The Ministry of Health is responsible for the oversight and funding of the twenty district health boards (DHBs). These are responsible for organising healthcare in the district and meeting the standards set by the Ministry of Health. Twenty-one DHBs came into being on January 1, 2001 with Southland and Otago DHBs merging into Southern DHB on 1 May 2010.
The boards for each district health board are elected in elections held every three years, with the exception of one of the eight board members, who is appointed by the Ministry of Health.
The DHBs oversee the forty-six primary health organisations established throughout the country. These were first set up in July 2002, with a mandate to focus on the health of communities. Originally there were 81 of these, but this has been reduced down to 46 in 2008. They are funded by DHBs, and are required to be entirely non-profit, democratic bodies that are responsive to their communities' needs. Almost all New Zealanders are enrolled in a PHO, as there are financial incentives for the patients to become enrolled.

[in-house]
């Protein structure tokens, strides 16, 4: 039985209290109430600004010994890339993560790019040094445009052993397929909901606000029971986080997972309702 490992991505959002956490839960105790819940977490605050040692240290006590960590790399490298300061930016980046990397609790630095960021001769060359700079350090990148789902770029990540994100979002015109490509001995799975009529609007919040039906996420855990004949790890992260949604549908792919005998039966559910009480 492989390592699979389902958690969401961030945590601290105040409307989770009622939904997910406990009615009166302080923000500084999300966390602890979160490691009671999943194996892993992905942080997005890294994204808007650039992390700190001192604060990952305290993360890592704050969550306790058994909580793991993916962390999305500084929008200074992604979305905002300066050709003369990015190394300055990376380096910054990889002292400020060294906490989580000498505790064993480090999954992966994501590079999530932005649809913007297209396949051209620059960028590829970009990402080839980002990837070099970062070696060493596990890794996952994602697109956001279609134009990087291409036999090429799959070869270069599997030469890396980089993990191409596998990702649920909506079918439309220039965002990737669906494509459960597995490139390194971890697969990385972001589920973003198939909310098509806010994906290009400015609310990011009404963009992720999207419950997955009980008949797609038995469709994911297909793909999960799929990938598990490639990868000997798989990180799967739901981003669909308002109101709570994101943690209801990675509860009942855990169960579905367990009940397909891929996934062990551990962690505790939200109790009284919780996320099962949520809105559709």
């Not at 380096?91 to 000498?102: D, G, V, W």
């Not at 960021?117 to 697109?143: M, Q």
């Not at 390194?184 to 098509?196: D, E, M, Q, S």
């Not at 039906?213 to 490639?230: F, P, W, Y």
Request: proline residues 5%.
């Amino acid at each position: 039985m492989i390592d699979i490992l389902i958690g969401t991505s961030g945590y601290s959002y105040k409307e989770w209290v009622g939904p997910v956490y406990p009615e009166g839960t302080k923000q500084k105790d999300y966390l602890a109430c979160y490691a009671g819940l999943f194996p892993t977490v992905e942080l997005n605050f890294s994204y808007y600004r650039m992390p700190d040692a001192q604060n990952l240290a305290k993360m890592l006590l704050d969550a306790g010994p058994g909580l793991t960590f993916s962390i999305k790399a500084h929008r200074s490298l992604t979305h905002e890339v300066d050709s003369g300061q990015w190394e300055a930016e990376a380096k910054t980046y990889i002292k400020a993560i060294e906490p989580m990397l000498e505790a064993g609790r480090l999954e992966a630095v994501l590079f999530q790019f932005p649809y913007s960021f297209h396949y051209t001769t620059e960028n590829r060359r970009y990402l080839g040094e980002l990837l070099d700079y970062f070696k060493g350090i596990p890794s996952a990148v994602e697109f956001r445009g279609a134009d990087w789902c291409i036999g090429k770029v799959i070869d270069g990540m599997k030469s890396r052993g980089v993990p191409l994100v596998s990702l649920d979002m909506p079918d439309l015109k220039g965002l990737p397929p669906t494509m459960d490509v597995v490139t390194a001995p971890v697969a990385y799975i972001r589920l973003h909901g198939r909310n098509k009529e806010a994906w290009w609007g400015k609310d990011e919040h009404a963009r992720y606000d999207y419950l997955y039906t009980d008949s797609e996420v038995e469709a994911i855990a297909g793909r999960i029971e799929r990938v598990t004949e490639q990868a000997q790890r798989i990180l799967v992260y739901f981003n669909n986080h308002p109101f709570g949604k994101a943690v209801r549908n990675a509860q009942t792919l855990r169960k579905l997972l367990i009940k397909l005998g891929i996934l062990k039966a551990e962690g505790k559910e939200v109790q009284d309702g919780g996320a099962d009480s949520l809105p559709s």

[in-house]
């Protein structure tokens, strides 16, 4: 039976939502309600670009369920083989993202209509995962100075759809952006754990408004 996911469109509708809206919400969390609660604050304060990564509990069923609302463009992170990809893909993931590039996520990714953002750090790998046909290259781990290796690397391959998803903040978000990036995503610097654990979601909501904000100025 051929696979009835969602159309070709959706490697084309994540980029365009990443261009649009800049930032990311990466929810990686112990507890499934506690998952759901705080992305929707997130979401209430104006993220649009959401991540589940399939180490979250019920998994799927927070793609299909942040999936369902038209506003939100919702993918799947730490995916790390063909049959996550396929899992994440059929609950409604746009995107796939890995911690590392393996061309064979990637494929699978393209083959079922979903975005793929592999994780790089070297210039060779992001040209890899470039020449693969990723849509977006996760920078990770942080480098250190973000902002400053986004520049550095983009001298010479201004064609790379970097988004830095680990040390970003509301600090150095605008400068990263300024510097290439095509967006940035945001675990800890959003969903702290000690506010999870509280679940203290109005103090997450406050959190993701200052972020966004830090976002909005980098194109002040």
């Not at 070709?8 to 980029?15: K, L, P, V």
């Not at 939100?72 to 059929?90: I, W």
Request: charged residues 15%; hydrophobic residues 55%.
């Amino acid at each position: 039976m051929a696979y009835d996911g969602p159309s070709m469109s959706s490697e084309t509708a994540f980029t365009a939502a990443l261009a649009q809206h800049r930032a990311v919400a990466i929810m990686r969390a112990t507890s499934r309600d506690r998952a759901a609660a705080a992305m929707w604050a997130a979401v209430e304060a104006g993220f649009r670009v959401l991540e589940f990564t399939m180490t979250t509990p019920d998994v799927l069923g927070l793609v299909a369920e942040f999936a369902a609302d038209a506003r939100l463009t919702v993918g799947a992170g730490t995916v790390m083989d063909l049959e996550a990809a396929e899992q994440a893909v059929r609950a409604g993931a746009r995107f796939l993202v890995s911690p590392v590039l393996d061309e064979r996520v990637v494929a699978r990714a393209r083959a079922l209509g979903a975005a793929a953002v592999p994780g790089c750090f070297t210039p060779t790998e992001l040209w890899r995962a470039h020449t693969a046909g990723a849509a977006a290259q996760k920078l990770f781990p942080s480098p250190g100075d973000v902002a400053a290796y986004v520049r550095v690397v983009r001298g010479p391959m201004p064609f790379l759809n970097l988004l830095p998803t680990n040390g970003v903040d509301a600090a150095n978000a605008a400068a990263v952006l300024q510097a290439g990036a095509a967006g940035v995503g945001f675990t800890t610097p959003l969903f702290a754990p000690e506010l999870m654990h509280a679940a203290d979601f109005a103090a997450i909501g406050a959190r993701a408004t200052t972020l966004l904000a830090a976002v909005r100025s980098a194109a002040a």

The Northern Region DHBs also use shared services provided by the Northern DHB Support Agency and HealthAlliance. These services deliver region-wide health initiatives and shared IT services and logistics.
The Canterbury District Health Board has been successful in redesigning services to reduce hospital use. Some of this transformation was precipitated by the 2011 Christchurch earthquake when several healthcare buildings were damaged or destroyed. It now has lower rates of acute medical admissions, low average lengths of stay, fewer readmissions in acute care, fewer cancelled planned admissions and more conditions treated out of hospital.
Public vs. private payment